Field of Science

2008 Retrospectus

It is now officially 2009 - or at least I assume it is. These days, I'm old and grizzly enough that I no longer feel the compulsion to stay up late on December 31st to make sure the clock ticks over to 12:01 like it should do. Still, a look back at the year here at Catalogue of Organisms might not go amiss.

Over the course of 2008, yours truly has put up 201 posts, meaning an average of one post every 1.82 days. I tell you, it's times like this that make me think - I'm really not doing enough work on my thesis. Not that I've been entirely unproductive on that front - two short papers have been published:

Taylor, C. K. 2008. A new species of Monoscutinae (Arachnida, Opiliones, Monoscutidae) from New Zealand, with a redescription of Monoscutum titirangiense. Journal of Arachnology 36: 176-179.

Taylor, C. 2008. A new species of Monoscutidae (Arachnida, Opiliones) from the wheatbelt of Western Australia. Records of the Western Australian Museum 24. (No page numbers for that one because it's only come out from the press within the last few days, and I haven't received a copy myself yet.)

The first of these established the new genus and species Templar incongruens (Templar because it's heavily armoured and the female has a cross-shaped marking on its back), and the second presents Megalopsalis linnaei (named in commemoration of Linnaeus' 300th birthday, and part of a special commemorative issue of the Records containing a number of new species so-named - I don't know what the rest are yet, though I do know that there's a scorpion in there).

There's another manuscript which is very close to completing review (I'm just making the last few requested edits) and two which are completed but awaiting submission. A couple of those will definitely be featuring here once they're published, so watch this space.

The Catalogue averaged 138 visits per day for 2008. The busiest day was the 29th of August, when 403 people passed by. Over half of those were sparked by Larry Moran linking to a post of mine on Gould and Lewontin's Spandrels paper. For the record, I'm not entirely happy with that post myself - I think it ended up sounding too positive about its subject. But that's the problem with the Spandrels paper - like the Bible and the Origin of Species, its social significance has become something above and beyond its actual content (which, in the case of Spandrels, is actually kind of weak). Larry was also responsible for the popularity of the most-visited post of the year, on the origin of flowering plants. Larry has linked to me a few times over the year, and every time has caused a big spike in my readership, so I would like to extend my formal thanks to him at this point.

My personal favourite posts of the year include the angiosperm origins post I've just linked to, as well as posts on why ceratopsids aren't worth it and baleen whales. The report of an articulated fossil of a machaeridian had the paper's first author putting an appearance in the comments, and inspired me to devote an entire week to scleritome fossils that was some of the most fun I had on this site this year. I also got first-author attention for the Sophophora melanogaster post (still waiting for a decision there, in case you were wondering). I was rapturous over my first ever observations of entoprocts and tardigrades, though sadly I never did successfully isolate those follicle mites.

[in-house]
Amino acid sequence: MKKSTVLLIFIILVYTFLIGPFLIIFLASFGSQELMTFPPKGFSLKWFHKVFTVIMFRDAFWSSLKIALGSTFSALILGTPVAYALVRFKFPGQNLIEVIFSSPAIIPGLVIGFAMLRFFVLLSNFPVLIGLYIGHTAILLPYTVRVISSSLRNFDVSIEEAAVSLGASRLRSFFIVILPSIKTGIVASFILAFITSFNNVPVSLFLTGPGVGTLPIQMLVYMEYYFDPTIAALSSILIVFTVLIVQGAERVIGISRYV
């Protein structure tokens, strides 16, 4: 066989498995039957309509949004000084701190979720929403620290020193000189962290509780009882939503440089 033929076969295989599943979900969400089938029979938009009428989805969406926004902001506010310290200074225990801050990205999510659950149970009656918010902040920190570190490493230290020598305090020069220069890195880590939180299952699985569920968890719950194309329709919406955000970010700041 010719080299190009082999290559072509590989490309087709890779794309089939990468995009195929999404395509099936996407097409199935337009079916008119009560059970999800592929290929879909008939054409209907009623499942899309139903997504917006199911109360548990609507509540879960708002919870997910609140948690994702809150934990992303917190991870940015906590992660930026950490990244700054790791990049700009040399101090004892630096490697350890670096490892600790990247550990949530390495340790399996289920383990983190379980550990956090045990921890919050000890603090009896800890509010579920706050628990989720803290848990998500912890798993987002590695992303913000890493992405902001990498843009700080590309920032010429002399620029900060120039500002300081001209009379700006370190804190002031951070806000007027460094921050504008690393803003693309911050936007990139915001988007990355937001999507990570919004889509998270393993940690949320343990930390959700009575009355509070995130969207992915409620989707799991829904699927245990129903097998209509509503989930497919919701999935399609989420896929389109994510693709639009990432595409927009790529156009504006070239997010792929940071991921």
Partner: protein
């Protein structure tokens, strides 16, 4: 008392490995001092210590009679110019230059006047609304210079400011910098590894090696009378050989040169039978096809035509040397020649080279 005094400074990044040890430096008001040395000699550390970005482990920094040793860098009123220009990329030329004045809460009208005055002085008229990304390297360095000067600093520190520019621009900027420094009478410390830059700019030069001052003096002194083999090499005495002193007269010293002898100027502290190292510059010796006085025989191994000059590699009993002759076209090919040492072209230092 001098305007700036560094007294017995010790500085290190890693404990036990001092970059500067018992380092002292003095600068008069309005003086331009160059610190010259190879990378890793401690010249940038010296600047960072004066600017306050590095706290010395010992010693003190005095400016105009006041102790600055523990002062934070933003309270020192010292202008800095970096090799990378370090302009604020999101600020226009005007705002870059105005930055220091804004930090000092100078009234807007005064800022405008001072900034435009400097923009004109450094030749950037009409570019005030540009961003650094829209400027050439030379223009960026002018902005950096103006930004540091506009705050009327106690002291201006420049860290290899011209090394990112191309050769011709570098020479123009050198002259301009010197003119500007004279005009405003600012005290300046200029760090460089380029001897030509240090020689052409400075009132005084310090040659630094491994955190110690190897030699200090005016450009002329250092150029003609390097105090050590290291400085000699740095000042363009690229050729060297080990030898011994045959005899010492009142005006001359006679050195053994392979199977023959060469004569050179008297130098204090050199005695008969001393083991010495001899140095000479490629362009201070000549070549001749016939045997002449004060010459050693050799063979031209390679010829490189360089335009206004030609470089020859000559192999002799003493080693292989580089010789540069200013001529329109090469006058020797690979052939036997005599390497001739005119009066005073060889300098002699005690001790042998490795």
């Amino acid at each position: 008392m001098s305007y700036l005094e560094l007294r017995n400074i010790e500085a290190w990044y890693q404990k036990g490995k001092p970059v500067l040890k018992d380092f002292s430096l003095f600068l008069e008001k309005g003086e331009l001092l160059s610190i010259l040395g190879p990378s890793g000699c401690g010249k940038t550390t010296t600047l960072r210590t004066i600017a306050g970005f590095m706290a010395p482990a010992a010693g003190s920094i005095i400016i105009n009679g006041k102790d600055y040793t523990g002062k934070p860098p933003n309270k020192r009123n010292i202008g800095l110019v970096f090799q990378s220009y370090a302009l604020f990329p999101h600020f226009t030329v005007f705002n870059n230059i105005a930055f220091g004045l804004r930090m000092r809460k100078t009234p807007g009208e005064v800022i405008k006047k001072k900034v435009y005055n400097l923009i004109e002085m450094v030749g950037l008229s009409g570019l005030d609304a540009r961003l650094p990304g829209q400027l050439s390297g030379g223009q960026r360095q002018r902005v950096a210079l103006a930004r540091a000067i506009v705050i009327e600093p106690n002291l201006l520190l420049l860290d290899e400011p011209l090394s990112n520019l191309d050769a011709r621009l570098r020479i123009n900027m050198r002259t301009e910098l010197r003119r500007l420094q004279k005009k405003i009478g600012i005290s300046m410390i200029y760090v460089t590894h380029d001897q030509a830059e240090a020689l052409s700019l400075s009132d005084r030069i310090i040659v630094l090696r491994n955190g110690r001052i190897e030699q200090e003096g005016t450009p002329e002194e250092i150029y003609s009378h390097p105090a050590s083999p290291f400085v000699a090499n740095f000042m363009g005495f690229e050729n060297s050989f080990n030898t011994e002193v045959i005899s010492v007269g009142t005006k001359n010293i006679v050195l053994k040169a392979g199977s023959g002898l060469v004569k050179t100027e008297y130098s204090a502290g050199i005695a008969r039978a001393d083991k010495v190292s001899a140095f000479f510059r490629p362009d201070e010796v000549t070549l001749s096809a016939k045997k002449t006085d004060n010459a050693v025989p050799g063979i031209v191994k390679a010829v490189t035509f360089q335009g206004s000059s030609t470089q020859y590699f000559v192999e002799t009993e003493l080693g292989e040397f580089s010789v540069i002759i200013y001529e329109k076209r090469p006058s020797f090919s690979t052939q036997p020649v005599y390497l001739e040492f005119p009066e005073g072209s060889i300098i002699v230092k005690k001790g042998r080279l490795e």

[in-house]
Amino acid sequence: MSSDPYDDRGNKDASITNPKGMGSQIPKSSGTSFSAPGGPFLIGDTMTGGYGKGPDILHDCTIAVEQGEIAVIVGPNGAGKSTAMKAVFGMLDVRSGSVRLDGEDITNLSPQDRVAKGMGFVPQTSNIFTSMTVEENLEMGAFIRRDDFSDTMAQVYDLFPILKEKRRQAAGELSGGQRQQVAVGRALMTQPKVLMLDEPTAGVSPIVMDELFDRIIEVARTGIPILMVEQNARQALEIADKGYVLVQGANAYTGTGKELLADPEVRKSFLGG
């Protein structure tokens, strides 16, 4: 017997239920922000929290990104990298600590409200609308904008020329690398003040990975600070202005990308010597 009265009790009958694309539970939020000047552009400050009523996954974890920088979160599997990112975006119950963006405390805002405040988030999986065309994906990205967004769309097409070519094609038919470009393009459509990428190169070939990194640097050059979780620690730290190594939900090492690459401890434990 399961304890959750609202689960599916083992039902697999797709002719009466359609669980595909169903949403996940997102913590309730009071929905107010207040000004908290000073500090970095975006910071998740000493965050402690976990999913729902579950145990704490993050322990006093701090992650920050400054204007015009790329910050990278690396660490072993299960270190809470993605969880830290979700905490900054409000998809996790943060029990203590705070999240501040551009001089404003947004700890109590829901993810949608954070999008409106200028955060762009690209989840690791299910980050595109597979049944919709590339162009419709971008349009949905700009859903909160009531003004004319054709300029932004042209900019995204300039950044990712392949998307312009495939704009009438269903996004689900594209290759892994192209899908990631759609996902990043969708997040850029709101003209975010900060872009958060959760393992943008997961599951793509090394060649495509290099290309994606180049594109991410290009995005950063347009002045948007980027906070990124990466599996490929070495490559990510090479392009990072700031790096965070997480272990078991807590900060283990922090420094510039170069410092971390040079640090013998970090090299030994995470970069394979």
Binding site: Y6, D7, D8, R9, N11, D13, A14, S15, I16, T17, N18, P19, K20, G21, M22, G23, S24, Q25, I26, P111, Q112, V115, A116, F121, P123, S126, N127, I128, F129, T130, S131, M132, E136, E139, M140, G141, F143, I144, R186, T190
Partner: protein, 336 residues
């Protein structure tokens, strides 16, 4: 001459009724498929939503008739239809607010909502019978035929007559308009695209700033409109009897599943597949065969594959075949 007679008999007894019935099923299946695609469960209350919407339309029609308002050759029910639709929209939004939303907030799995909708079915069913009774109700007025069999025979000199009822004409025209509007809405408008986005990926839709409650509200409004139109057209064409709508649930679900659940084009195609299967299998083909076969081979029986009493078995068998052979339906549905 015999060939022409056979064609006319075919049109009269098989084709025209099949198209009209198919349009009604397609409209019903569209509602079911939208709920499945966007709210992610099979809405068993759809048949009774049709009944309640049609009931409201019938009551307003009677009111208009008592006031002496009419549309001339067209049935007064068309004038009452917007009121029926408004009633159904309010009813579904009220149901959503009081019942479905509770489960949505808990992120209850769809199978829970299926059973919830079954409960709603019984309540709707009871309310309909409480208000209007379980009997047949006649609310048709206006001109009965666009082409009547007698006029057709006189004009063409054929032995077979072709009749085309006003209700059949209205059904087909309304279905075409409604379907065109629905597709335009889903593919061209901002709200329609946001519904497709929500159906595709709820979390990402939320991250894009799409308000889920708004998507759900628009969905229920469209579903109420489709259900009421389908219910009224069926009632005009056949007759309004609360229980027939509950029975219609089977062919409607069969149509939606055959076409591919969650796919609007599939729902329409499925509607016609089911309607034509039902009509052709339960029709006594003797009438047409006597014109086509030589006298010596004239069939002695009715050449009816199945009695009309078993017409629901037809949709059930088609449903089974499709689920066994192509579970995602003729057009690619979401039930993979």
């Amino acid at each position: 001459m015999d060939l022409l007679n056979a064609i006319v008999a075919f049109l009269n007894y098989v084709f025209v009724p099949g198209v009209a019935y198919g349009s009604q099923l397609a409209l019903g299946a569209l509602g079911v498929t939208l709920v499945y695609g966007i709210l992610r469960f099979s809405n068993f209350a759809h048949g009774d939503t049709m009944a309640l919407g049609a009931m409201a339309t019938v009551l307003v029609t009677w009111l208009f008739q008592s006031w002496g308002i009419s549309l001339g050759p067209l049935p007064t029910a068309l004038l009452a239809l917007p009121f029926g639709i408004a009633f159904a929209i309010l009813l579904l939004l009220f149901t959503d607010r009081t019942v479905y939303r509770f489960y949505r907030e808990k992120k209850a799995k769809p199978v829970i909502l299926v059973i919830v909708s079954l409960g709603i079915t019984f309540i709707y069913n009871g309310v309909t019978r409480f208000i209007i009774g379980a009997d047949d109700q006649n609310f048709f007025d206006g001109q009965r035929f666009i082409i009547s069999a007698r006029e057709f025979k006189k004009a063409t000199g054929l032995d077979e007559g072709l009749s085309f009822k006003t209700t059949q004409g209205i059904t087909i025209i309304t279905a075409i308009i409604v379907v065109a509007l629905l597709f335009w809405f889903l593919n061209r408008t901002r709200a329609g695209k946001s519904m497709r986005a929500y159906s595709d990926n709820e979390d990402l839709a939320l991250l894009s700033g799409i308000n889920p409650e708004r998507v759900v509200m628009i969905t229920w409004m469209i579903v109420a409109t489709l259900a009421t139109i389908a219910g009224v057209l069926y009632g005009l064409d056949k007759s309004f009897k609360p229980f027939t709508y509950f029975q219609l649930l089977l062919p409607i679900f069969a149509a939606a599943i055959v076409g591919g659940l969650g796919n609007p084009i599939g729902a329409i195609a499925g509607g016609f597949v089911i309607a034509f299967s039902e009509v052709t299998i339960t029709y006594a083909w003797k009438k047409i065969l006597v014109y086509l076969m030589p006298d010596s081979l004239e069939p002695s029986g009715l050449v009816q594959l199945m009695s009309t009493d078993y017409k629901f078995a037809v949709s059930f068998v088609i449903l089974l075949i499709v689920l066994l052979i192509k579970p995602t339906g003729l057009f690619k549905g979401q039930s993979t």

I've been quite proud of some of the posts I've written on taxonomic principles. Hopefully, my post on the use of Latin in biological names has been useful to some people. The closure of the Utrecht Herbarium lead me to write some hopefully worthwhile posts on the importance of type and voucher specimens. The latter was followed by a right royal whinge about how few studies bother depositing voucher specimens. The Aetogate debacle led to a post on publication ethics that had (gosh) Kevin Padian commenting with (needless to say) greater clarity and effect than the post itself. And the accidental release ahead of time of the draft for what was to become Epidexipteryx lead to my speaking on the role of electronic publication in taxonomy, followed only a few weeks later by the release of the ICZN proposals on just that matter.

I've also written on some of the year's most fascinating publications - the aforementioned machaeridian (still my nomination for the greatest announcement of 2008), cannibalism in the life-cycle of a heterotrophic alga, the experimental induction of the next phase in the unknown life-cycle of y-larvae, a photosynthetic relation for Sporozoa, the Waptia chain, and within the last two days, the Attercopus redescription.

So all in all, I hope not time completely wasted. 2009 promises (or "threatens" might be more appropriate) to be an eventful year - I have to finish my thesis this year (argh!) and then try to actually find employment (oh dear). To quote Patrick McGoohan - "Be seeing you".


  1. Happy new year christopher! Good news about your publications. I just found out in the last couple weeks two papers are going to press early this year, describing 5 new species in total.

    Its been a fun year keeping up with your posts. The Catalogue of Organisms is one of the few blogs I jump to right away when I see the feed updated. Looking forward to more in 2009.

  2. Your blog has been one of the bright spots in a dismal year.

    For me it's always a game: have I looked into that biodiversity for myself yet? A good fraction of the time I have, but it's nice to be updated. When I haven't, it's cool stuff that makes me want to get out and collect, or head over to the museum.

    And your articles about controversies in systematic methodology are cogent and provide good perspective. I really liked the stick insect wings one.


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